Elder Kim B. Clark:

            The first took place in southern Germany. I had been on my mission for two months. It had been a difficult time and I was very discouraged. The language was hard, and we had been rejected and ridiculed and cast out many times. It felt like we were under attack. People had argued with us on points of doctrine, told us we were from the devil, and much worse. I felt the temptations and whispers of doubt about what I was doing. One morning I knelt in prayer and told Heavenly Father of my troubles. It was a heartfelt prayer of real intent. I said to Him, “Heavenly Father, please help me.” As I prayed I heard a voice, as distinct and clear as though someone were standing right next to me. The voice said: Believe in God.

            I asked my companion if there were a scripture that said, “Believe in God?” He sent me to the Book of Mormon, Mosiah 4:9.

            I sat on the bed and opened the Book of Mormon and read the inspired words of King Benjamin: Believe in God; believe that he is, and that he created all things, both in heaven and in earth; believe that he has all wisdom, and all power, both in heaven and in earth; believe that man doth not comprehend all the things which the Lord can comprehend.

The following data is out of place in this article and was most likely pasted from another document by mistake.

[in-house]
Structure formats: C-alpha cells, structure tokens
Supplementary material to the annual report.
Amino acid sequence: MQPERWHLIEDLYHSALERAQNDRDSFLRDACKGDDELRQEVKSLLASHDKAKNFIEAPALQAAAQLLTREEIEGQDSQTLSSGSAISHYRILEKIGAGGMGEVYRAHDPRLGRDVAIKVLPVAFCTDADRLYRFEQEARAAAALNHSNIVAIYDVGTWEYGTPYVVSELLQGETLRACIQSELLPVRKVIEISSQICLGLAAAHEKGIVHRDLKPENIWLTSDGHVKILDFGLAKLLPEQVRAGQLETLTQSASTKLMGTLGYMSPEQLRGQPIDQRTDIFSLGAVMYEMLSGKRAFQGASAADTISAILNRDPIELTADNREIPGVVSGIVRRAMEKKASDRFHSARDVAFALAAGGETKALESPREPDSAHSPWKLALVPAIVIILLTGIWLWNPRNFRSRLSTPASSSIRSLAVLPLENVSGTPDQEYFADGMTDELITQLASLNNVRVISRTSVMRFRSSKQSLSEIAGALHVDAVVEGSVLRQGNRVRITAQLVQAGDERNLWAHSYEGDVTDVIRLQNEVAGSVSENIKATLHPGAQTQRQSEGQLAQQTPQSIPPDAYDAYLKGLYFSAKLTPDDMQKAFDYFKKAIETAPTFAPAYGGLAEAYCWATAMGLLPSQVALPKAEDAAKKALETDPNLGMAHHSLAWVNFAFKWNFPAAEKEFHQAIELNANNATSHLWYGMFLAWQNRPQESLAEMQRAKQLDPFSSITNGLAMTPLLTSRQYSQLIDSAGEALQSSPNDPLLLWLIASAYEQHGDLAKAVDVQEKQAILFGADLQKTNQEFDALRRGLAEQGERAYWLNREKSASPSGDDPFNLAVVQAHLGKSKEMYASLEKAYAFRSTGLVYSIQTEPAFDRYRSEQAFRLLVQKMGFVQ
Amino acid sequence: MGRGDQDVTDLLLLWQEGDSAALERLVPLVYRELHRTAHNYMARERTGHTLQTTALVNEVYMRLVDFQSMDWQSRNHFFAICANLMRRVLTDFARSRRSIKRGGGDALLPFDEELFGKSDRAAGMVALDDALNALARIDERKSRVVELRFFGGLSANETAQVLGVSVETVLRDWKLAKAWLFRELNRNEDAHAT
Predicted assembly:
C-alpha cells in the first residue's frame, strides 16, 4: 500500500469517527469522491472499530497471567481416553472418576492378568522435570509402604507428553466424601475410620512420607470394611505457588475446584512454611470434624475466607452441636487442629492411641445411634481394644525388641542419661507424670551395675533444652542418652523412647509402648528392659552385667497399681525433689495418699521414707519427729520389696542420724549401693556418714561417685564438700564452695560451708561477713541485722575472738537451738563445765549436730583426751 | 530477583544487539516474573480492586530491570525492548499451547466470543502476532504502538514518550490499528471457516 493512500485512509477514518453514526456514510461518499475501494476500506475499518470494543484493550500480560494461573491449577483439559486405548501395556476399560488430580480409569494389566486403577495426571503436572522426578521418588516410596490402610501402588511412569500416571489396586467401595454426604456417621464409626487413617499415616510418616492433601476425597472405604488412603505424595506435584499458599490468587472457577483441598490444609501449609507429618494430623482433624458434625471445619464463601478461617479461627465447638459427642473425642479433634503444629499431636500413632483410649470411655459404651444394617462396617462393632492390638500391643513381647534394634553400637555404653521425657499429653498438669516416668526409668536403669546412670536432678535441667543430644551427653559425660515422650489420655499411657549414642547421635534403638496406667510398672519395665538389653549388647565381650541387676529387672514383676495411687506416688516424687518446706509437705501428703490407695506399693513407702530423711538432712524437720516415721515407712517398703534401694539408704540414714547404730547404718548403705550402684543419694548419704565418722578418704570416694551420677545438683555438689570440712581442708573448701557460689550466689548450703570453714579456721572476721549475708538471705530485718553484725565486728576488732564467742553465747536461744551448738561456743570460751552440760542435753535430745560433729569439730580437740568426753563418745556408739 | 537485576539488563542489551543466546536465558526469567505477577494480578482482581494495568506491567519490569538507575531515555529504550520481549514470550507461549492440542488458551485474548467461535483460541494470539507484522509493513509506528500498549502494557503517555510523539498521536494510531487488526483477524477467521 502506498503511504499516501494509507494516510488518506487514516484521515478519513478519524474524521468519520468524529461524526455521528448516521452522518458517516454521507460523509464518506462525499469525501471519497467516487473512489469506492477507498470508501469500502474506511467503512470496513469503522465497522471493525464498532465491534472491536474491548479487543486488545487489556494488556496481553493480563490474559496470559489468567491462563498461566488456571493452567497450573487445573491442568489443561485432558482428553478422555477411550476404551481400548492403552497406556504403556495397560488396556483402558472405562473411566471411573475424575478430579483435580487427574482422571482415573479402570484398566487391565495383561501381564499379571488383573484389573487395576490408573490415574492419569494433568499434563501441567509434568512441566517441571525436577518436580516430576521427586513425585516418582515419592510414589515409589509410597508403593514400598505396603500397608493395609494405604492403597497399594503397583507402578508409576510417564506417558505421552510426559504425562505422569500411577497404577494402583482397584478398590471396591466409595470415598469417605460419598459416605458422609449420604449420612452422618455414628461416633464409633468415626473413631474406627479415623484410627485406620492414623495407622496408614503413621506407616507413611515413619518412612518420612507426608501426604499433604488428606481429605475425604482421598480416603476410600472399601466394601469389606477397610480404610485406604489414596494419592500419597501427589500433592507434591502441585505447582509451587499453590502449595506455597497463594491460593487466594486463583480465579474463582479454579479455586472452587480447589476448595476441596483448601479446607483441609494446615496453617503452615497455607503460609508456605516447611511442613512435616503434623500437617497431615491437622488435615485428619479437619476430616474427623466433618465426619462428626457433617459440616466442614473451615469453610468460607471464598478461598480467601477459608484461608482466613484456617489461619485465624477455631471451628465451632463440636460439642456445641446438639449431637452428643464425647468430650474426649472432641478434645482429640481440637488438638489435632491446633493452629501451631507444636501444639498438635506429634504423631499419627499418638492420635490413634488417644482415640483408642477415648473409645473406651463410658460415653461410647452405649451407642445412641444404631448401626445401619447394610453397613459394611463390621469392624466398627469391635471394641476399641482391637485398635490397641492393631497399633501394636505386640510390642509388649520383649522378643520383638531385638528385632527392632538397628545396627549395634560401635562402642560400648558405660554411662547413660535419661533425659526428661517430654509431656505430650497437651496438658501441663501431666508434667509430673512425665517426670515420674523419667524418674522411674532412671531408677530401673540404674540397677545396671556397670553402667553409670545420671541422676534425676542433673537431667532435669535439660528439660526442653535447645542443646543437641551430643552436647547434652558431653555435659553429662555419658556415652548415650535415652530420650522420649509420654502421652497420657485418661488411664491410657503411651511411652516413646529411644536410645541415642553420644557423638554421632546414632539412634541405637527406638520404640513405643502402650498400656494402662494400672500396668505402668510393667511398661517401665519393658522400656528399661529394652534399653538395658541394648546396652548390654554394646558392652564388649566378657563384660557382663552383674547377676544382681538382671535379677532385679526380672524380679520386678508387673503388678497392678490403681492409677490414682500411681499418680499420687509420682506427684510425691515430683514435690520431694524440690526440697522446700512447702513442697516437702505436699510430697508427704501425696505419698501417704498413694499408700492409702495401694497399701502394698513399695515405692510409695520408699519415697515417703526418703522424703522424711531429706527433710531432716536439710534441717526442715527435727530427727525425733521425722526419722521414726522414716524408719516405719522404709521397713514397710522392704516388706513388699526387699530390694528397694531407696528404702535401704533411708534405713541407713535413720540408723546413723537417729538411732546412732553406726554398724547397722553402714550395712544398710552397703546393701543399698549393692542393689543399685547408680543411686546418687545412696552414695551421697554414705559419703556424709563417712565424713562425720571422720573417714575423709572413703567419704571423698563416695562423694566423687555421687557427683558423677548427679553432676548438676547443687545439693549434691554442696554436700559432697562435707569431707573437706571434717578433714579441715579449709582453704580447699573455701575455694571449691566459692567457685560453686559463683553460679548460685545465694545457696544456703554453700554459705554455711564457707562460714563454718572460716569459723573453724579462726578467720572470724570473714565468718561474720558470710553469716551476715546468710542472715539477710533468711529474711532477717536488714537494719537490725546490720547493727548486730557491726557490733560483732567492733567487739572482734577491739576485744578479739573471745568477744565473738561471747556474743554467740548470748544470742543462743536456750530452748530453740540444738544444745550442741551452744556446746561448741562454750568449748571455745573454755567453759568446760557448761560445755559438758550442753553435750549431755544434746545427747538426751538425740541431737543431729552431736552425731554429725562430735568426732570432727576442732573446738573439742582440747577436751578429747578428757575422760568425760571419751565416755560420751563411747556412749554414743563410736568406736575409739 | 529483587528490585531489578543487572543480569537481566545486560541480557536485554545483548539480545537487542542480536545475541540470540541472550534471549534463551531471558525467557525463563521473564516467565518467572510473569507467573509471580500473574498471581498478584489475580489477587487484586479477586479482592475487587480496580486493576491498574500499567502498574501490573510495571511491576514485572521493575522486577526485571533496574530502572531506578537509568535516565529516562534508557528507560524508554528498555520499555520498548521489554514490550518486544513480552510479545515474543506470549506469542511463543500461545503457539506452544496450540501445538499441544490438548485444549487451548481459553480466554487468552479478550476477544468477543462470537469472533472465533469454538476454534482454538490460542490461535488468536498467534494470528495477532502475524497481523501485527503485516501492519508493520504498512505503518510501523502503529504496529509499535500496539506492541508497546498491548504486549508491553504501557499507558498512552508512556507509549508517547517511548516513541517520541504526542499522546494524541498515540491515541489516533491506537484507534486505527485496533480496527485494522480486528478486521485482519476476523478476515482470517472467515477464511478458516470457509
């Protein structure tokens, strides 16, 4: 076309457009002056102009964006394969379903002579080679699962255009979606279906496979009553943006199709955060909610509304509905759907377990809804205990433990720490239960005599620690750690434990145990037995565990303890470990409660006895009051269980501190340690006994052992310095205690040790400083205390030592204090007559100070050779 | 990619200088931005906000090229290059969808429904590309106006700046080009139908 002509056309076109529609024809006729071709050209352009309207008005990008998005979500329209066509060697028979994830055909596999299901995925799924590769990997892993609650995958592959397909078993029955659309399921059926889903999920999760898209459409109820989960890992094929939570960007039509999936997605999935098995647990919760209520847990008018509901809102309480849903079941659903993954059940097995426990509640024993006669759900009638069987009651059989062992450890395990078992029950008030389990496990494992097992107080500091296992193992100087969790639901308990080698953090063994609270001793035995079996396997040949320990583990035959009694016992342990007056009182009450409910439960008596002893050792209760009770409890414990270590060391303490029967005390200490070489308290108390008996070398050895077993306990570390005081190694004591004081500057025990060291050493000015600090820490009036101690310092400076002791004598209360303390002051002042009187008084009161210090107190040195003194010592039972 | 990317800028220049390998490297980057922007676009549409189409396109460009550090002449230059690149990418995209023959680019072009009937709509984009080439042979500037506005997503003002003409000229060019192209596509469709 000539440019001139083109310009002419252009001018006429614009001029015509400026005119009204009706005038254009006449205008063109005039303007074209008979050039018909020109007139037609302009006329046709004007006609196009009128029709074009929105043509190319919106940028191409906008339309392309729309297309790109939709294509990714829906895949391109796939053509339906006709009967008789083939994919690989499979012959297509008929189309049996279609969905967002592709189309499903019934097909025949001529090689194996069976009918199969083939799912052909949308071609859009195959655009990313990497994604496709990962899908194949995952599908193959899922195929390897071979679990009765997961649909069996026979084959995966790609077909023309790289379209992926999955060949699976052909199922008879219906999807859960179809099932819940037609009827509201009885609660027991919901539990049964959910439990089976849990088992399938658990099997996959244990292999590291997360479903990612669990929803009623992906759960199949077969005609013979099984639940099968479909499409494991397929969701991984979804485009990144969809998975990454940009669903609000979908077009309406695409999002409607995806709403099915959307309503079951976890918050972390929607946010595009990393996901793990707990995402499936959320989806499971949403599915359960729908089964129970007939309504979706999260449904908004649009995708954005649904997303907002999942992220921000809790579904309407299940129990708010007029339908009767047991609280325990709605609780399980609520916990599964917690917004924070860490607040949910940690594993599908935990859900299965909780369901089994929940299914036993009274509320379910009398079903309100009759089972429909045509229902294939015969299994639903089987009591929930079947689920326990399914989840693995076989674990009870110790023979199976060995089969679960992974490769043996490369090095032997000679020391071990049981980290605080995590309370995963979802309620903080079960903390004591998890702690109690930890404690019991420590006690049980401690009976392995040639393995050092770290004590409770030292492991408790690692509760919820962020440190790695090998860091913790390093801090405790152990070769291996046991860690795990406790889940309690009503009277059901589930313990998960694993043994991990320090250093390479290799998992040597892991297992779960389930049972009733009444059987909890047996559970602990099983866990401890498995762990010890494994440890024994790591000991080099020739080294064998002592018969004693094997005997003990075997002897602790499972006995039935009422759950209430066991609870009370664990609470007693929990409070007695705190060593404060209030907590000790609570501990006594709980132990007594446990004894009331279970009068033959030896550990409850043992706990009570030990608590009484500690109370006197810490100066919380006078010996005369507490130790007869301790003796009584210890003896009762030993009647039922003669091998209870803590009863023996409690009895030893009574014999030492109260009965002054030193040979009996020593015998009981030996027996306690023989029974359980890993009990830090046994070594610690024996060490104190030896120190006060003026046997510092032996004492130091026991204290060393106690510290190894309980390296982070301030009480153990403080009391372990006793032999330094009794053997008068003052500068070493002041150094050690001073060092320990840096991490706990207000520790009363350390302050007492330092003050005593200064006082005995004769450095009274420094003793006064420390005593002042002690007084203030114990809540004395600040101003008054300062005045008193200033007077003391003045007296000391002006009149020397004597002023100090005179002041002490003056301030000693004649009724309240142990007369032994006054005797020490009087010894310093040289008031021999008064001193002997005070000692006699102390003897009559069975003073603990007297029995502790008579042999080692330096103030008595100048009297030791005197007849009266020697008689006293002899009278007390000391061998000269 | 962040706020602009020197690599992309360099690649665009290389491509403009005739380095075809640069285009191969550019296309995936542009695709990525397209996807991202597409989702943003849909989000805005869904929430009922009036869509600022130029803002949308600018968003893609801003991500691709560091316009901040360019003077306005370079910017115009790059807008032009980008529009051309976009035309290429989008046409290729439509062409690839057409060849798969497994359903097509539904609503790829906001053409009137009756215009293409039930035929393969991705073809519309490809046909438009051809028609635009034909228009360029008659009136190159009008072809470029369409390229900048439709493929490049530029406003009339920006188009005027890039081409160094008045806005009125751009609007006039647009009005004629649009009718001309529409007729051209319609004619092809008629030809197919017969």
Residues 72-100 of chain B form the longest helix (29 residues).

As I read those words I felt as though King Benjamin were speaking to me. I felt the power of the Holy Ghost in my heart. I knew this was the answer to my prayer. My prayer was: Heavenly Father, please help me. The answer sent me to the Book of Mormon where I received two messages.

            The first message: these are my words; this is my book, it is true.

            The second message: believe in me. I know all things and I have all wisdom and all power. Trust me.


Elder Richard G. Scott:

            One of the most sacred responsibilities of a mission president is the assignment of companionships, for it must be done through inspiration. On one occasion, having carefully followed the same procedure as always, I invited a missionary into my office and said, “Elder, you’re going to be thrilled with your new assignment.”

            His eyes lit up with enthusiasm. Then, just as I was about to give him his assignment, a powerful impression came to my mind: “No, not there; you can’t send him there.”

            The more he stared wide-eyed at me the more uneasy I became. I said, “Just a minute, elder; I’ll be right back,” and, of course, I went to another room and prayed to find out where he should go.


[1] Elder Neil L. Anderson, Talk given at Provo, Utah, MTC, October 27, 2015.

[2] Elder Neil L. Anderson, Talk given at Provo, Utah, MTC, October 27, 2015.

No comments:

Post a Comment